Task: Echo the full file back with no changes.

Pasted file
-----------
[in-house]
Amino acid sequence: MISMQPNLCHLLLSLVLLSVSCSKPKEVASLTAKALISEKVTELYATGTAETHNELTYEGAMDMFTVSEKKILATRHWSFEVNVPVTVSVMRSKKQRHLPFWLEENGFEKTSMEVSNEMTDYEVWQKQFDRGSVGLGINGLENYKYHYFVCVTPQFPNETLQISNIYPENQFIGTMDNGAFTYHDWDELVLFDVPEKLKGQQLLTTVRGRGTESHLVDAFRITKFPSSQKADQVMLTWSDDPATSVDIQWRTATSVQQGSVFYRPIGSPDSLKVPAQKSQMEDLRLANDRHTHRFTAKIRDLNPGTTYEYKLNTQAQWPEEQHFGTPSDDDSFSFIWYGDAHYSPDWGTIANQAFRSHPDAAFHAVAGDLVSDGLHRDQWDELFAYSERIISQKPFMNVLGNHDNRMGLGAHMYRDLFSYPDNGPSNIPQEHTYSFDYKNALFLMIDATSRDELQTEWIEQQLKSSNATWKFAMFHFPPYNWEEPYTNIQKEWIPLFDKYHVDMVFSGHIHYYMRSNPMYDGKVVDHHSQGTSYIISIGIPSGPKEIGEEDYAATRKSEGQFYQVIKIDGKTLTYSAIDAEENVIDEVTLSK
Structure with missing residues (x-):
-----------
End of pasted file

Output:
[in-house]
Amino acid sequence: MISMQPNLCHLLLSLVLLSVSCSKPKEVASLTAKALISEKVTELYATGTAETHNELTYEGAMDMFTVSEKKILATRHWSFEVNVPVTVSVMRSKKQRHLPFWLEENGFEKTSMEVSNEMTDYEVWQKQFDRGSVGLGINGLENYKYHYFVCVTPQFPNETLQISNIYPENQFIGTMDNGAFTYHDWDELVLFDVPEKLKGQQLLTTVRGRGTESHLVDAFRITKFPSSQKADQVMLTWSDDPATSVDIQWRTATSVQQGSVFYRPIGSPDSLKVPAQKSQMEDLRLANDRHTHRFTAKIRDLNPGTTYEYKLNTQAQWPEEQHFGTPSDDDSFSFIWYGDAHYSPDWGTIANQAFRSHPDAAFHAVAGDLVSDGLHRDQWDELFAYSERIISQKPFMNVLGNHDNRMGLGAHMYRDLFSYPDNGPSNIPQEHTYSFDYKNALFLMIDATSRDELQTEWIEQQLKSSNATWKFAMFHFPPYNWEEPYTNIQKEWIPLFDKYHVDMVFSGHIHYYMRSNPMYDGKVVDHHSQGTSYIISIGIPSGPKEIGEEDYAATRKSEGQFYQVIKIDGKTLTYSAIDAEENVIDEVTLSK
Structure with missing residues (x-):